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Jury convicts Portsmouth man of kidnap attempt, restraint
James Perry, 37, arrives in Rockingham County Superior Court during his attempted kidnapping trial. A jury convicted him on Friday afternoon. (JAMES A. KIMBLE/Union Leader Correspondent)
BRENTWOOD - A Portsmouth man was found guilty of attempted kidnapping and criminal restraint on Friday afternoon for accosting a woman at gunpoint as she was getting out of her SUV in front of an Ocean State Job Lot store.
A jury returned guilty verdicts against James Perry, 37, roughly an after hour being handed the case in Rockingham County Superior Court. Perry shook hands with one of his lawyers and smiled before being taken back to the county jail by a deputy sheriff.
Judge N. William Delker revoked Perry's bail at the request of prosecutors pending his sentencing. Defense lawyers argued that a key piece of evidence against their client - a down-filled jacket found in the woods by a police dog - suggested that another perpetrator could have accosted the woman. Perry's DNA was found on the jacket along with a second "minor" sample, according to court testimony. Jurors ultimately rejected that argument.
"That's a great piece of evidence, but it's not only piece of evidence we have," Assistant County Attorney Patricia Conway argued during closing statements on Friday. Portsmouth police obtained photos of Perry wearing the jacket on his former girlfriend's Facebook account. The ex-girlfriend also testified that Perry admitted to her that he was the man police were looking for related to the Dec. 14 attack.
The incident triggered a massive police response to an area around store parking lot on Woodbury Avenue in Portsmouth that included a stretch of woods and a neighboring apartment complex. Perry was living nearby in the Gosling Meadows apartment complex with his girlfriend at the time, but he wasn't arrested until a month later.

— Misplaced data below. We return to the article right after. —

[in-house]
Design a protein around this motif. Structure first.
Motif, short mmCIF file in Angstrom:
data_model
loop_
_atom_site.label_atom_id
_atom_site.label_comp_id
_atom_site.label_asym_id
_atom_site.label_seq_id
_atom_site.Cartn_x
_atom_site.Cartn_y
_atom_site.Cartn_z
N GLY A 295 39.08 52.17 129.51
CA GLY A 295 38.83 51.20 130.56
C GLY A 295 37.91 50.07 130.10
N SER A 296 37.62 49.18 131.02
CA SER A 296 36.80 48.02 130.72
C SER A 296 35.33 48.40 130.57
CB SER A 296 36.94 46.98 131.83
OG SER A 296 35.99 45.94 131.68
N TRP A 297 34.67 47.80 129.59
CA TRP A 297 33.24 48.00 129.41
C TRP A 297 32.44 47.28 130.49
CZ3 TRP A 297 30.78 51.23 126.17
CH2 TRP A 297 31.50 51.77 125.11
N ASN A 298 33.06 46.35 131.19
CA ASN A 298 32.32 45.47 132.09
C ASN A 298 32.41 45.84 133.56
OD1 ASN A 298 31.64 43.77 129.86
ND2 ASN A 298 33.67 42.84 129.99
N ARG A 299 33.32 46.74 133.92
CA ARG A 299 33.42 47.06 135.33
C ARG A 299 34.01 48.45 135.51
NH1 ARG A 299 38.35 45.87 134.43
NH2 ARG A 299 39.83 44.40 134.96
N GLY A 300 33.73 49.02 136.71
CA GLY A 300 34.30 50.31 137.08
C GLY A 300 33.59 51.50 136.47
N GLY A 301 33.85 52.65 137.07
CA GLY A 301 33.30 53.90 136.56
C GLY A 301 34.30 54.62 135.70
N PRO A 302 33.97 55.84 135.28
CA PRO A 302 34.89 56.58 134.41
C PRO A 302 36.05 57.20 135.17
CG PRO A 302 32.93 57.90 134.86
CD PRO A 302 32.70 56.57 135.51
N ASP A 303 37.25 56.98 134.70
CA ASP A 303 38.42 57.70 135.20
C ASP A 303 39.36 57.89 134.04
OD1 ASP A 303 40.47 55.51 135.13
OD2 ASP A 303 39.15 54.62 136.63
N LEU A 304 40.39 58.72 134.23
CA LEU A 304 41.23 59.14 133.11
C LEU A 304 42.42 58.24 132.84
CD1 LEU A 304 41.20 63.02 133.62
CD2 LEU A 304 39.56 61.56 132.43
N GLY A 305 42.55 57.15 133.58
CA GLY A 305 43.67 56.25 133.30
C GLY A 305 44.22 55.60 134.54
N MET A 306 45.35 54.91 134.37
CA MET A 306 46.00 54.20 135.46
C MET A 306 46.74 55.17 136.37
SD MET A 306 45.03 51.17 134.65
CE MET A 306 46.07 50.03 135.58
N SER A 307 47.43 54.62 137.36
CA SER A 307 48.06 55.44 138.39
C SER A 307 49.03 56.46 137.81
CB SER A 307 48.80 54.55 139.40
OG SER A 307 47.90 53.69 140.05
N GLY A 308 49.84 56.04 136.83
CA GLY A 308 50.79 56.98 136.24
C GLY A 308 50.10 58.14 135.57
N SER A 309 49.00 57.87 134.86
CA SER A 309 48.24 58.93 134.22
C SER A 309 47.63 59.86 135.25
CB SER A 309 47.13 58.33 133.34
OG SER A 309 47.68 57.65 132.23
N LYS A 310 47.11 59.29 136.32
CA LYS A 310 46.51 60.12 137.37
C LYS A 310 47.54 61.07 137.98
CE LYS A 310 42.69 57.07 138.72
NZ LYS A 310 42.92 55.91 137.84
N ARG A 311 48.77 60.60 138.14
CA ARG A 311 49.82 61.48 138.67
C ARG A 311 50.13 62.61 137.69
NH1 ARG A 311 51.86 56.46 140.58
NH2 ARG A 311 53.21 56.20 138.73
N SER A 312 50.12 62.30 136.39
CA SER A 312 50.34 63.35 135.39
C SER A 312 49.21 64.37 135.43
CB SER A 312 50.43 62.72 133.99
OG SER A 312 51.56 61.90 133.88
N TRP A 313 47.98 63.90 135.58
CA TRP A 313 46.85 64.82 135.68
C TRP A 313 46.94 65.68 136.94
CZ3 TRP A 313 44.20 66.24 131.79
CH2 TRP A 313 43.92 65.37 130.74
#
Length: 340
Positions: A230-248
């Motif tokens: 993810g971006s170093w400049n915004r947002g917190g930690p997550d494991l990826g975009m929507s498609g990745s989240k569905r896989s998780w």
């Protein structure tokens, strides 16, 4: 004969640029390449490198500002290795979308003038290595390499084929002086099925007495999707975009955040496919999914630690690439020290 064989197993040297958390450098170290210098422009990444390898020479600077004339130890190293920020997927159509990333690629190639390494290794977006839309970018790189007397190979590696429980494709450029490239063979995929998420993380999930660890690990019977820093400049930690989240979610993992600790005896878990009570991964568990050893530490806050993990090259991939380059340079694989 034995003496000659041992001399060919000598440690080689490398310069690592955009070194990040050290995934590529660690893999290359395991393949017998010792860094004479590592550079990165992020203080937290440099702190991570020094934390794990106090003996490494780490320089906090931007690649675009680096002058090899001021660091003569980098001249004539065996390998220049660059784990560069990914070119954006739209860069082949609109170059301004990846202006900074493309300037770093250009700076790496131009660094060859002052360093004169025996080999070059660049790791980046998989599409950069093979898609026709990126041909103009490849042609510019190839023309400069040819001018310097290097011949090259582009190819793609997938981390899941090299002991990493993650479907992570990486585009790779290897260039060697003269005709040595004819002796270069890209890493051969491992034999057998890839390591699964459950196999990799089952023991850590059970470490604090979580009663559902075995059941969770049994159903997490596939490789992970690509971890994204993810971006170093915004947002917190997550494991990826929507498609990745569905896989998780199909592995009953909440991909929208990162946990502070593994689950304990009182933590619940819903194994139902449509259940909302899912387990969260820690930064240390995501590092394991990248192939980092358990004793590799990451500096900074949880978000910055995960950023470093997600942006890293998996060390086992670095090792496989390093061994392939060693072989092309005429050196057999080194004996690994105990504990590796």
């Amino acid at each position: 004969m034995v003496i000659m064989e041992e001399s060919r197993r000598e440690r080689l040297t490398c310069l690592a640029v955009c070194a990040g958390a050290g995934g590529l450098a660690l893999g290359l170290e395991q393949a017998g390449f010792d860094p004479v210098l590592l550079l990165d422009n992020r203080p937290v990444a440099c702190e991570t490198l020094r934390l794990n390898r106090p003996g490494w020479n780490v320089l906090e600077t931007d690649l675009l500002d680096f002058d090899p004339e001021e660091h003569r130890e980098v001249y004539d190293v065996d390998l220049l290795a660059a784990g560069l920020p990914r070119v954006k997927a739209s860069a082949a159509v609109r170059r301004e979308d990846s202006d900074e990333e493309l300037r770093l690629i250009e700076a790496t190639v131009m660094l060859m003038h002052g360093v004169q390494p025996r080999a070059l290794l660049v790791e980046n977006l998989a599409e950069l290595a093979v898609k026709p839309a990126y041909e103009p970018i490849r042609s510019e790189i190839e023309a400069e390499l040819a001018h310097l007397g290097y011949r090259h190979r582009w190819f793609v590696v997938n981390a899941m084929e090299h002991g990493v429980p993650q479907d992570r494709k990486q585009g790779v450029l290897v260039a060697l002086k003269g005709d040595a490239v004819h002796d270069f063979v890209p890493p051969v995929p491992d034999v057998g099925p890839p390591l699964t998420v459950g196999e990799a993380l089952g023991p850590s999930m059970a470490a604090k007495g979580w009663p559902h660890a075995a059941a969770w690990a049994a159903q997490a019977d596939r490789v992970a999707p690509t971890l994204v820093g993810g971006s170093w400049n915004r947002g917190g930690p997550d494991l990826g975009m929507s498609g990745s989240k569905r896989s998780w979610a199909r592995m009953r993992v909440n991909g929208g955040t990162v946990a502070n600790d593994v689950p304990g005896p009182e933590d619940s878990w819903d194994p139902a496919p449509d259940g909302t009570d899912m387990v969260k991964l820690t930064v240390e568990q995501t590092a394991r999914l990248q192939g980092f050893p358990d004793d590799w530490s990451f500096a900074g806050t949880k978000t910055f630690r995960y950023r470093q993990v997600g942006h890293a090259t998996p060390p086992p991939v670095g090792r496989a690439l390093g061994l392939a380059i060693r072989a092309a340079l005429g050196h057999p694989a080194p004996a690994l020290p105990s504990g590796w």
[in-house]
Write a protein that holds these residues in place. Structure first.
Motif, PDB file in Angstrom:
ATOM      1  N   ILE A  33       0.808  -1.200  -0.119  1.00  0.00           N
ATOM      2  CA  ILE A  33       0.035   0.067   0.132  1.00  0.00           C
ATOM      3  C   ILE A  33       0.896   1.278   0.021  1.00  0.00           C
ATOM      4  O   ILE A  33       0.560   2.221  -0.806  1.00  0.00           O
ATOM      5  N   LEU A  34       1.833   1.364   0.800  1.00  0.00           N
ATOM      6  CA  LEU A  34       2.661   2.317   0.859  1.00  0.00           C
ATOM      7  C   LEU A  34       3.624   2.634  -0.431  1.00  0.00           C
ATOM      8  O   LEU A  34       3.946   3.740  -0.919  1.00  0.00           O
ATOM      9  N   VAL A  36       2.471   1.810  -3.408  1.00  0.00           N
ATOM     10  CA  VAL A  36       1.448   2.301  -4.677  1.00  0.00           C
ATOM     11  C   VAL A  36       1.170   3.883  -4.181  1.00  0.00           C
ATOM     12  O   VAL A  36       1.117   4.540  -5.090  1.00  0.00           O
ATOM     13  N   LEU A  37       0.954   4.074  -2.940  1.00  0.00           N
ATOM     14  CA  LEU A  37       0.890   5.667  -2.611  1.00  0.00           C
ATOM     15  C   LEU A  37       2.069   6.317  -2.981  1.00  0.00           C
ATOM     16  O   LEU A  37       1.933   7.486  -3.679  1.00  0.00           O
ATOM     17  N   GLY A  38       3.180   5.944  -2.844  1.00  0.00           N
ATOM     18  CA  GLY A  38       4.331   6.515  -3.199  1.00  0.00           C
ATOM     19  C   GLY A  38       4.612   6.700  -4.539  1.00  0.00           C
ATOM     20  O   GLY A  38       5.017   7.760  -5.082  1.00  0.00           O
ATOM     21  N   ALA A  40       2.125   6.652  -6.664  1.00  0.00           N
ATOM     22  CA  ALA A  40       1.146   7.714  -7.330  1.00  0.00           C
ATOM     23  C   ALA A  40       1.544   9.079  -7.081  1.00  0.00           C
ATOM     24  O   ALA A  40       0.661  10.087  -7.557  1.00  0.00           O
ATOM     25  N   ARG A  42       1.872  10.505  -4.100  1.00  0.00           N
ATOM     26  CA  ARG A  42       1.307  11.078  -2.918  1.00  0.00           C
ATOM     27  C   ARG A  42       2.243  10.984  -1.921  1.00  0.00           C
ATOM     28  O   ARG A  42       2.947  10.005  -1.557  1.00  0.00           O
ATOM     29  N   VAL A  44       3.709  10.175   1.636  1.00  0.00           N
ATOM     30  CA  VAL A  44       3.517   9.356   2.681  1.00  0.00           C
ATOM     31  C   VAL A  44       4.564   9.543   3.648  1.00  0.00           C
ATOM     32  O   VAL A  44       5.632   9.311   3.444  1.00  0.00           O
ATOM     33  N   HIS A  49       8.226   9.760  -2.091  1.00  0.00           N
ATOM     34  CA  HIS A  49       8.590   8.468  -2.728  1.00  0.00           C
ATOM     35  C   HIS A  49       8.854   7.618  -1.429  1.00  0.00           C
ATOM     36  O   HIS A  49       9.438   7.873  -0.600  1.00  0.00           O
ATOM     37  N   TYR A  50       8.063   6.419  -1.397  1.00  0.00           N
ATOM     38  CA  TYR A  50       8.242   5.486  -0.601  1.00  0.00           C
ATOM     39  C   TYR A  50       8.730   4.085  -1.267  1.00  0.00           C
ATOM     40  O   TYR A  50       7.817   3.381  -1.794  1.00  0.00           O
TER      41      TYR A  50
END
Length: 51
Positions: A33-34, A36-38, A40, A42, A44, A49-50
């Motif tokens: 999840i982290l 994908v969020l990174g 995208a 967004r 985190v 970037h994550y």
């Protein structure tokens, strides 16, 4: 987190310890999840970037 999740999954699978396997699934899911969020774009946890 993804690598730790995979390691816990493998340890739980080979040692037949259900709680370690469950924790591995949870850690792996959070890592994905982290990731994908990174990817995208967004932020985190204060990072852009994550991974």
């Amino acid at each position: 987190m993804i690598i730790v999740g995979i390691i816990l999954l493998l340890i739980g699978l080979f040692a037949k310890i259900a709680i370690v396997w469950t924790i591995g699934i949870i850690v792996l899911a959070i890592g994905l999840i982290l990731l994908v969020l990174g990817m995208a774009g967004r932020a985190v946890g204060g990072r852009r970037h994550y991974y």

Defense lawyer Anthony Naro suggested the ex-girlfriend's testimony was not reliable because her relationship with Perry was falling apart at the time.
Naro also argued that Susan Legsdin Faith, a state criminologist, should have been given additional DNA samples of other suspects by Portsmouth police to test on the jacket.
"Her science doesn't tell you who wore the jacket last," Naro said. "It doesn't tell you Mr. Perry wore it that week, that day, that month."
Katherine Booth, the victim in the case, was the first witness to testify and remained throughout the entire trial watching from the front of the court gallery. The three-day trial included testimony by Portsmouth police detectives, Auburn's police chief, who serves as the state's only police sketch artist, and a variety of eyewitnesses.
Delker denied Perry's bid for a mistrial on Friday afternoon after reviewing photographs turned over to police, but not shared with prosecutors or the defense. Lawyers learned about the additional photos from a man who testified Thursday about how he culled video images from a camera system his company installed at Gosling Meadows.
Perry is expected to be sentenced within the next 45 to 90 days. He faces up to 7½ to 15 years in state prison.
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